It will work fine, but that Pentium 4 will DRAG across every game, making you play on low graphics setting.
  2. Most video card don't require or use 300W, thats probably the total system power. My overclocked 560 pulls around 200W and thats pretty much for a gpu.

    What card are you looking at ?
  3. Modern games + Pentium 4 = recipe for disaster. Buying a new GPU will not help you much, to be honest.

    How much are you willing to invest in this system?
  4. http://www.microcenter.com/product/342820/01G-P3-1373-AR_GeForce_GTX_460_SuperClocked_1024MB_GDDR5_Video_Card

    I found this, do you think it would help?


    And I'm only willing to spend about $100 so I can play APB Reloaded
  5. Wow... didn't think you could still find a 460 anywhere. Great card, if a little behind in terms of features now.

    It needs a 450W supply so you are probably OK n that respect, but I would personally go for a newer card with similar performance and less power draw.

    The rest of your system is still a major bottleneck though.
  6. So could I use a graphics card that requires 300w? Because then I can find a Cheeper one and save money for a new prossesor/CPU.
    Also I don't need to play really graphically intense games like bf3 or cod I just need it to play stuff like Free to Play MMOs (even at min. Settings)
  7. What graphics card requires 300w???????????????????
  8. The new one from NVidia with a toaster build in.
  9. You'll definitely want to be saving for a new system (mobo, cpu, ram, psu, etc). MMOs are typically cpu-intensive games. Adding a better GPU should help (assuming you are using integrated graphics), but that Pentium 4 platform is really holding everything back. Depending on how long it will be until you get a new system, you can either 1) buy a decent GPU and carry it over into your new system or 2) buy an inexpensive GPU and grit it out until you can afford a new system. I lean toward #2 so as not to create a total imbalance, maybe a $65 radeon 6670.

    As far as your PSU requirements go: it's pretty simple. You have a 460w PSU. Card manufacturers state the minimum required PSU requirements. Follow those requirements (they are very conservative) and you should be fine. So if the manufacturer says anything less than "450w minimum PSU" then you are fine.

    Hope that helps. Also check out this article if you haven't already: http://www.tomshardware.com/reviews/gaming-graphics-card-review,3107.html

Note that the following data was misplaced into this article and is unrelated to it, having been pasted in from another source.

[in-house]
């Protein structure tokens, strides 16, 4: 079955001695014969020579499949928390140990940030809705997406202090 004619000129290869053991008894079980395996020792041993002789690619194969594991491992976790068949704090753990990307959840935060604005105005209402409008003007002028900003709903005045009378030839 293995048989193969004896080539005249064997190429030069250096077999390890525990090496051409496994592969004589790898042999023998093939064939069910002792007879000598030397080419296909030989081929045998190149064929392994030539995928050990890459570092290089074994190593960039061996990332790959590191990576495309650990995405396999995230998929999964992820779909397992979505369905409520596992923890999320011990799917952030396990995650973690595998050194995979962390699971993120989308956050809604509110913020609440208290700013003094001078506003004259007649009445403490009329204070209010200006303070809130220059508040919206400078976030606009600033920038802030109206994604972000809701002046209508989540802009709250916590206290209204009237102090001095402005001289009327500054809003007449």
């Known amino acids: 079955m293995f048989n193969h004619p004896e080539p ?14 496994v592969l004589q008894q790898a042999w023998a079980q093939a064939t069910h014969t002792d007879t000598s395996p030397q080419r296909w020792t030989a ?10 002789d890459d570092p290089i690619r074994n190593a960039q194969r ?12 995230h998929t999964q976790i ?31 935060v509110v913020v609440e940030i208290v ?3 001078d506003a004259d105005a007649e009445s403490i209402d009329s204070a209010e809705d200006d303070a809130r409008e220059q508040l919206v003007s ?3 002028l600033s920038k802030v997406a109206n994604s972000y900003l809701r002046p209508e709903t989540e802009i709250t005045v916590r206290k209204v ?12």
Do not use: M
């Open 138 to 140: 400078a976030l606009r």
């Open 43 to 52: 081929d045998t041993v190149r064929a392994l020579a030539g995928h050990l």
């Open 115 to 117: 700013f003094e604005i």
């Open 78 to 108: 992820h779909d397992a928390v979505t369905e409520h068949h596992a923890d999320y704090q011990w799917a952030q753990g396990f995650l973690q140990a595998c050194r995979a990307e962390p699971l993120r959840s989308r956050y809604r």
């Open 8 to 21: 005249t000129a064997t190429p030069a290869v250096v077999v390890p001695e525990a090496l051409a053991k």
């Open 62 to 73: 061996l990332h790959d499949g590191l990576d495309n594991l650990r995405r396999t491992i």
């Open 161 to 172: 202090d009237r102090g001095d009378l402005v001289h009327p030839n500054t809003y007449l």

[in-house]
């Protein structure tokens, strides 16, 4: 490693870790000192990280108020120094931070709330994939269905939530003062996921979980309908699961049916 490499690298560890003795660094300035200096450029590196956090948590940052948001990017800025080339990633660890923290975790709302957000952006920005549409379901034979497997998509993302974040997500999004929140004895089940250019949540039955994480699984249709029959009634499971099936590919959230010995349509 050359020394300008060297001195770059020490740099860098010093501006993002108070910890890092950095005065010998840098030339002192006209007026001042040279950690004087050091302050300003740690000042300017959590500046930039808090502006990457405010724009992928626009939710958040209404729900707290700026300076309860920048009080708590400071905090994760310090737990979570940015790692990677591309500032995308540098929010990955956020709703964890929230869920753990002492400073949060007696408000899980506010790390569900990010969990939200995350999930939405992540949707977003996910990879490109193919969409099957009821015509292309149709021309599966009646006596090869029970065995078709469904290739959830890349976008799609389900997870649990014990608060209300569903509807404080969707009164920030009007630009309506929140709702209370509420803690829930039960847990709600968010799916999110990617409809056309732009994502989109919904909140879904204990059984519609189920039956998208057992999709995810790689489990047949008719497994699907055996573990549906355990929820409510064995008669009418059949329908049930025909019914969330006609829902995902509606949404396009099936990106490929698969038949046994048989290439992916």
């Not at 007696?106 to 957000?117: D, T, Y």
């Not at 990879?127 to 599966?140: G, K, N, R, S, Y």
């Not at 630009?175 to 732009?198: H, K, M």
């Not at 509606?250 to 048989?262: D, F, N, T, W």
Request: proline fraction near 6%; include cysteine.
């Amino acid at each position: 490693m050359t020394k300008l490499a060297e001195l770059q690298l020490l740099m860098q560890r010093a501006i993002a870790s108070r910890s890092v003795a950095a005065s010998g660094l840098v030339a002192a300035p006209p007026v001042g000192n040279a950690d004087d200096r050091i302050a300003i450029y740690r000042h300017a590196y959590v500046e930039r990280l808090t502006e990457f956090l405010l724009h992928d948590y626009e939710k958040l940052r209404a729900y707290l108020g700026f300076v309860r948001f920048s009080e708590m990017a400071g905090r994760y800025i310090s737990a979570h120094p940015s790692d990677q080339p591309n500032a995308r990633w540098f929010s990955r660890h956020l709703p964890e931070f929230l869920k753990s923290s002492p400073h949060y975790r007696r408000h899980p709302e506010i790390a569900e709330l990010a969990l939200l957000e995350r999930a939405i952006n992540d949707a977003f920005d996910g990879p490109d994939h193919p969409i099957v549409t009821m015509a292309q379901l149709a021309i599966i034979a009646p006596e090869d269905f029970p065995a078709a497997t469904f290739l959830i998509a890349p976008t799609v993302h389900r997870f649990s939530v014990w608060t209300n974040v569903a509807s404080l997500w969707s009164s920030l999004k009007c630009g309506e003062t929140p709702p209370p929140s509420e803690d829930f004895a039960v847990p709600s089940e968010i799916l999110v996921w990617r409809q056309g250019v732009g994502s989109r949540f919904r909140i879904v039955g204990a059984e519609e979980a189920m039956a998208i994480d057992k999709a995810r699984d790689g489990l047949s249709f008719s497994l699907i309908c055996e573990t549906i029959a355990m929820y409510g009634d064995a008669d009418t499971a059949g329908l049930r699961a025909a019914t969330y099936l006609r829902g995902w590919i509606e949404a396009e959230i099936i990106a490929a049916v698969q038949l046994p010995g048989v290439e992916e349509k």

10. You are beating a dead horse. I think you already know that but want someone to find a bail out for you. Not going to happen.
  11. NovaXP said:
    And I'm only willing to spend about $100 so I can play APB Reloaded

    Sorry I missed this post the first time through (too many long posts).

    These are the minimum requirements for APB Reloaded: http://www.apbrwiki.com/wiki/System_Requirements

    Note that it says minimum Core 2 Duo? Your P4 won't run that game so a GPU upgrade won't help. You'll find that most games today require a Core 2 Duo or higher.
  12. I can't even believe someone is still running a P4. I mean I've thrown out dozens of those.

    I'm still waiting to hear about this 300w graphics card.....with a p4.
  13. larkspur said:
    Sorry I missed this post the first time through (too many long posts).

    These are the minimum requirements for APB Reloaded: http://www.apbrwiki.com/wiki/System_Requirements

    Note that it says minimum Core 2 Duo? Your P4 won't run that game so a GPU upgrade won't help. You'll find that most games today require a Core 2 Duo or higher.



    My XPS is currently using a Nvidia GeForce 6800

    Believe it or not I've got an old Vostro 200 Slim desktop with an Intel Dual Core possessor, is there some sort of weird possibility that I could stack/combine those computers? (Or at the least take out the Dual Core from the Vostro and put it in my XPS)
  14. I'm still waiting for you to tell us about this mystery card your looking at that requires 300w...................

    No you cannot put the processor in your XPS.
  15. Best answer
    NovaXP said:
    So could I use a graphics card that requires 300w? Because then I can find a Cheeper one and save money for a new prossesor/CPU.
    Also I don't need to play really graphically intense games like bf3 or cod I just need it to play stuff like Free to Play MMOs (even at min. Settings)


    You misunderstand how graphics card power requirements are indicated.

    If the specification says for example: "400W PSU required", that is an indication of the minimum total power supply of your whole system to ensure that the card will have sufficient power to work. It doesn't mean that the card draws 400W.

    Your system has a 460W supply, which means in theory you could could install any card that requires a 460W system supply or less.

    Does this make sense?
  16. Best answer selected by NovaXP.